To analyse the suitability of the offers submitted, an assessment committee has been created that is currently assessing their suitability with regard to the requirements for the area, their business feasibility, and their capacity for generating employment and sustainability within the municipality. The assessment committee consists of the University of Almería, the Town Council of Carboneras, the Regional Government of Andalusia, the Ministry of Ecological Transition and Demographic Challenge, the Port Authority of Almería and Endesa.
As well as launching an international competition to find an industrial project to reactivate Carboneras from an economic and labour point of view, Endesa is projecting about 1,200 megawatts of renewable energy in the province of Almeria, mainly from photovoltaic sources, to replace the 1,159 megawatts of power generated by the Litoral thermal power plant. This will involve about 1,200 million euros of investment and the creation of more than 2,000 equivalent jobs during construction and about 400 jobs in the operation and maintenance phase.
The Futur-e plan is constantly open to the flexible inclusion of new initiatives and is currently also designing training courses to promote local employment in the dismantling activities for the plant, for which specialised labour is required. These courses are being organised within the framework of a collaboration agreement between the Town Council of Carboneras, the Ministry of Employment, Training and Self-Employed Workers of the Regional Government of Andalusia and Endesa.
They will be structured in three professional training programmes with the participation of 400 students who will be selected by the Andalusian Employment Service, an entity attached to the Ministry.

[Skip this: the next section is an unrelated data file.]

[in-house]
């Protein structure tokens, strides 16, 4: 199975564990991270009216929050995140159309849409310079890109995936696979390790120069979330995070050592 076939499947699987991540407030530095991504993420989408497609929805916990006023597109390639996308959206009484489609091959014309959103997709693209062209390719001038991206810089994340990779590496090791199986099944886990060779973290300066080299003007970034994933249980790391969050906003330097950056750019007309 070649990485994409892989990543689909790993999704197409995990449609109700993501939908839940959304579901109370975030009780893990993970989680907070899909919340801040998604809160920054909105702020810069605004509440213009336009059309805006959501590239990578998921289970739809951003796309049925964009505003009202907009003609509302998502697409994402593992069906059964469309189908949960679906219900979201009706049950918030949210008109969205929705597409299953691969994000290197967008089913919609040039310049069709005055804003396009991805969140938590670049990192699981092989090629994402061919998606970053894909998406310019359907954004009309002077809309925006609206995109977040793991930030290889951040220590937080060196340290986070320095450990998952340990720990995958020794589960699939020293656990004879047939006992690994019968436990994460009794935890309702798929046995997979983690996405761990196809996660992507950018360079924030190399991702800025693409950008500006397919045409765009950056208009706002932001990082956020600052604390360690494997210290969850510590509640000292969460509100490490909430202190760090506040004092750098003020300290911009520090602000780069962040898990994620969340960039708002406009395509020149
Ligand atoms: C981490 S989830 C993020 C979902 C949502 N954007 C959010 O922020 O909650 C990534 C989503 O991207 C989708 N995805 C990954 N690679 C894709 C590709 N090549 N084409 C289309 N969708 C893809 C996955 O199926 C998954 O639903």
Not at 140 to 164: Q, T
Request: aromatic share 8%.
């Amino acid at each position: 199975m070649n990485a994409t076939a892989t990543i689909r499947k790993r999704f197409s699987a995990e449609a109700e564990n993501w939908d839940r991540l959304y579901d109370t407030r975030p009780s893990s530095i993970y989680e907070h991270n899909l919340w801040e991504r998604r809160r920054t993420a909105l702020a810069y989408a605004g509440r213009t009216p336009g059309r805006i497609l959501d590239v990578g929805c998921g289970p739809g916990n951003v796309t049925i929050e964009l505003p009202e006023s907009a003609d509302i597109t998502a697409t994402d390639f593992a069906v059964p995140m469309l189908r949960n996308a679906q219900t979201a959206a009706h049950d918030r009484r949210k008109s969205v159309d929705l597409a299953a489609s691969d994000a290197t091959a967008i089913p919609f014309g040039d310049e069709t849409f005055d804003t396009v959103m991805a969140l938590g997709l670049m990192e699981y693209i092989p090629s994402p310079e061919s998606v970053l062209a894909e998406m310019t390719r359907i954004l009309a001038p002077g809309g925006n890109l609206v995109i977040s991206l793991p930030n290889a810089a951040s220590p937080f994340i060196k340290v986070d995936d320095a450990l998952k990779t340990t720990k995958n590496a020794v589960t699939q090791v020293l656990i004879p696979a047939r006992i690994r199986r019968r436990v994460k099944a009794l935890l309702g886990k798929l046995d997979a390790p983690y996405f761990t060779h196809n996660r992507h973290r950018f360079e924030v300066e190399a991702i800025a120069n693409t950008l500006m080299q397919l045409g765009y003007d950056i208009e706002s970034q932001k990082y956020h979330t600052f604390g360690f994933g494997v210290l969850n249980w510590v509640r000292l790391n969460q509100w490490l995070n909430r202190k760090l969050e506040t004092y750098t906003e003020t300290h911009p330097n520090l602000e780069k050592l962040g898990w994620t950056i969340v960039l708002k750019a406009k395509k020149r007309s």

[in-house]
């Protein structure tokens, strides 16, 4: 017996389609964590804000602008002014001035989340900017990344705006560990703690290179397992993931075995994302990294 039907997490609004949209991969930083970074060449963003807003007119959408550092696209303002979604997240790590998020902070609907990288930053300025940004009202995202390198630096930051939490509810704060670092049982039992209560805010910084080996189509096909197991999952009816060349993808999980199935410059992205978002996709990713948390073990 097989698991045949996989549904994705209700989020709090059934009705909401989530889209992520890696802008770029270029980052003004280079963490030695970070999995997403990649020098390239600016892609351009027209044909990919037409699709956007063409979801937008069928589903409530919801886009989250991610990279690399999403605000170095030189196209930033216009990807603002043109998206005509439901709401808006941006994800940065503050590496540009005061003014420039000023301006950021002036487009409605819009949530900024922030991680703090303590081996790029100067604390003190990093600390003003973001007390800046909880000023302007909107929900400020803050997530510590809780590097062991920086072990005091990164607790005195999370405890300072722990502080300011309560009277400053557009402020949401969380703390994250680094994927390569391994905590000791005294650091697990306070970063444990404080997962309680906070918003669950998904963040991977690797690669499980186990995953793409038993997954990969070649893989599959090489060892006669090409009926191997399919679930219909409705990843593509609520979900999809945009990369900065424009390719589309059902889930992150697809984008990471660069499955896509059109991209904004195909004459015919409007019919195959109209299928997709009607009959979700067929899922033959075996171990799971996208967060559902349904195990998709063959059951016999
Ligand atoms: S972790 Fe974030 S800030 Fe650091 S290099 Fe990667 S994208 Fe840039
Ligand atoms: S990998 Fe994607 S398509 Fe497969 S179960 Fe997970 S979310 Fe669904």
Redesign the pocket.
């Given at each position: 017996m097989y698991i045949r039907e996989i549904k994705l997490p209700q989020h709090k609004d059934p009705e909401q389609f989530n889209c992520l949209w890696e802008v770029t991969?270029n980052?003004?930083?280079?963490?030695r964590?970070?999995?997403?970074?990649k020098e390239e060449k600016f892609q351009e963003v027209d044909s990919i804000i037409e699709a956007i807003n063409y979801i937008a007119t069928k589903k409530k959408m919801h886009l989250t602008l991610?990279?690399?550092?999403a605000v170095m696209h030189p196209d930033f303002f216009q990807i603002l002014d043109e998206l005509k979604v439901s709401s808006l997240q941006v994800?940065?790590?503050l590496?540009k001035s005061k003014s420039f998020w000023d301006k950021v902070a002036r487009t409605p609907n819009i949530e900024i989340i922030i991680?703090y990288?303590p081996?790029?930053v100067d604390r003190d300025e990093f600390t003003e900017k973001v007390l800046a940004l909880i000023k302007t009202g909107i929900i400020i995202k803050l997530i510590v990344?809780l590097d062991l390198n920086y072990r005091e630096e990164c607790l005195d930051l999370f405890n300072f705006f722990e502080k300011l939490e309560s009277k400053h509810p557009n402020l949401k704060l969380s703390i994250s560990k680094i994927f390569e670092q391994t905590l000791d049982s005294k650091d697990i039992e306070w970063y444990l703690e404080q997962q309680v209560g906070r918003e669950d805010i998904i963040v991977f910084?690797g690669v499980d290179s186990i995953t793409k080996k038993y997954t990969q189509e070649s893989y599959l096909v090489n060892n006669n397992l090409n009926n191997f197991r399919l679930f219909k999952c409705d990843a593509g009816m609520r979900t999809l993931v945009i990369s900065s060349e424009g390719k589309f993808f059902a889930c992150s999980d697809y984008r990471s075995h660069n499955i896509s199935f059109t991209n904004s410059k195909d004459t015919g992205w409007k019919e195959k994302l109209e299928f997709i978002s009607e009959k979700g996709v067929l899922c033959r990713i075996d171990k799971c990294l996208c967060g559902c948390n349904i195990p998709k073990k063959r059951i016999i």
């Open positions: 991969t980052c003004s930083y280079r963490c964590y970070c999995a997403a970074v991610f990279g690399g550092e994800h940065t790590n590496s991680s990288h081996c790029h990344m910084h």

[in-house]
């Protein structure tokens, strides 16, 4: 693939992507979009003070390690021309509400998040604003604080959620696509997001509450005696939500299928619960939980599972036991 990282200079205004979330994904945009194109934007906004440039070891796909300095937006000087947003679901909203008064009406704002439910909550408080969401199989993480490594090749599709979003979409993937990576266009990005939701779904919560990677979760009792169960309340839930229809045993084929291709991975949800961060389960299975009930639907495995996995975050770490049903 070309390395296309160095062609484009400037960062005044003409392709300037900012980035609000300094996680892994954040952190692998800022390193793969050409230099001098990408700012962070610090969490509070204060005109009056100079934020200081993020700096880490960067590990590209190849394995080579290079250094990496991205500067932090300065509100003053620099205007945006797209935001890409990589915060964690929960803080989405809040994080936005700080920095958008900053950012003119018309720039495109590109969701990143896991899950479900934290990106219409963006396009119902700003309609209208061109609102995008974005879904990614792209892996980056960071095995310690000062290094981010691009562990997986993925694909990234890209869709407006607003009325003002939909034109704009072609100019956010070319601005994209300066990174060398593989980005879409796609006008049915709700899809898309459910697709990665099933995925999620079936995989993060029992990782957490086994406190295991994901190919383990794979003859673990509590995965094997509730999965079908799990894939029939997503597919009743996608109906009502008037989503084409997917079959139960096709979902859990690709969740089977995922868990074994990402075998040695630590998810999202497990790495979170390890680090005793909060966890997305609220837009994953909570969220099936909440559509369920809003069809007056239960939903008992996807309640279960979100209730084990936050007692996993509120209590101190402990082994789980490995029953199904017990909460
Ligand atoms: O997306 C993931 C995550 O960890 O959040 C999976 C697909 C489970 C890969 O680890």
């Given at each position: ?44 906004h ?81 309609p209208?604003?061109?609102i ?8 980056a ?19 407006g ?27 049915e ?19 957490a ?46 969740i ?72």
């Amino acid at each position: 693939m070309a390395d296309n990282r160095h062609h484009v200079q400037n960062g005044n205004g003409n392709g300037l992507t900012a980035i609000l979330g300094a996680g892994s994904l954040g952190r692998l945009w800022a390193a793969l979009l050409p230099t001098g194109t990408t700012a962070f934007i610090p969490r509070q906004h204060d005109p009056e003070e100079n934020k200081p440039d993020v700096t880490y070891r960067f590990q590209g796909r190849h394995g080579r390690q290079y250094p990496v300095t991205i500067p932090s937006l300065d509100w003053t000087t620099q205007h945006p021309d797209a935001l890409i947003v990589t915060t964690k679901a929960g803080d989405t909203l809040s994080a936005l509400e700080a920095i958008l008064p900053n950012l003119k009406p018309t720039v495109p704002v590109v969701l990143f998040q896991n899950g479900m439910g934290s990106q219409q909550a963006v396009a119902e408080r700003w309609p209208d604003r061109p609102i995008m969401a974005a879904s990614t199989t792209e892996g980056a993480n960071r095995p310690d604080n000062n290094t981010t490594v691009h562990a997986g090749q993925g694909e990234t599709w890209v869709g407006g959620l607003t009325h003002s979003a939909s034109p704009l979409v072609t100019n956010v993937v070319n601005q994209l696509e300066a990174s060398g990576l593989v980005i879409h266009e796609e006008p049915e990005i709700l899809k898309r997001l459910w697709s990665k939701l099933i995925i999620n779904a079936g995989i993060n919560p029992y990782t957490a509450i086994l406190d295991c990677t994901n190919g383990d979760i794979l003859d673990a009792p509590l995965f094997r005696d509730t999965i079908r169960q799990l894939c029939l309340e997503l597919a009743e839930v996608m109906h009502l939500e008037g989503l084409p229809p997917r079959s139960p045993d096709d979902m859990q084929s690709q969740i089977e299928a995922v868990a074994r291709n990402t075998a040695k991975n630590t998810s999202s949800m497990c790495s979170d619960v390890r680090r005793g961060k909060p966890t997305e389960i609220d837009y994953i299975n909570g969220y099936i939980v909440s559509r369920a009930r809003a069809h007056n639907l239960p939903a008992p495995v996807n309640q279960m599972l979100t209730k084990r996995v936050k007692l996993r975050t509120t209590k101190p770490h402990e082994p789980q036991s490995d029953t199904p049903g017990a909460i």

Data with regard to the power station
The Litoral Thermal Power Plant was built within the framework of the Accelerated Plan for Coal-Fired Plants drawn up in 1979 to cover the need to increase electrical power as a result of economic development experienced in Spain. The infrastructure is located in 1,788,547 square metres in the municipality of Carboneras and consists of two generation groups generating a total of 1,159 megawatts of power. Each of these groups consists of essential equipment including a boiler, a turbine and an alternator.
Group 1, with a capacity of 577 megawatts, began commercial operations in 1985 and group 2, with a capacity of 582 megawatts, in 1997. During its useful life, the installation generated more than 180,000 GWh, that is, the energy consumption of Andalusia for 4 and a half years and became a benchmark when, in 2014, environmental improvements were made that put it at the forefront of this technology worldwide.
The plant has a Port Terminal, with access for maritime traffic in the Mediterranean and North Africa areas. Its activity began in 1985, after an investment of about 123 million euros for construction, for the purpose of unloading coal for the Litoral Thermal Power Plant.
In 2014, as a result of an agreement with the Port Authority of Almeria, investment was made to provide the Port Terminal with a system that enables ships of between 10,000 and 15,000 tons of capacity destined for other Enel group plants in the Mediterranean, which meant an increase in the fuel handling operations to be developed in the storage park.
These characteristics and its geographical location make it a unique facility for handling large draft ships coming from anywhere in the world. Since its construction, a total of 79,480,191 tons of solid bulk have been handled.
The Litoral Thermal Power Plant has also hosted innovative projects including a microalgae plant, the restoration of tips with native species and a battery storage project.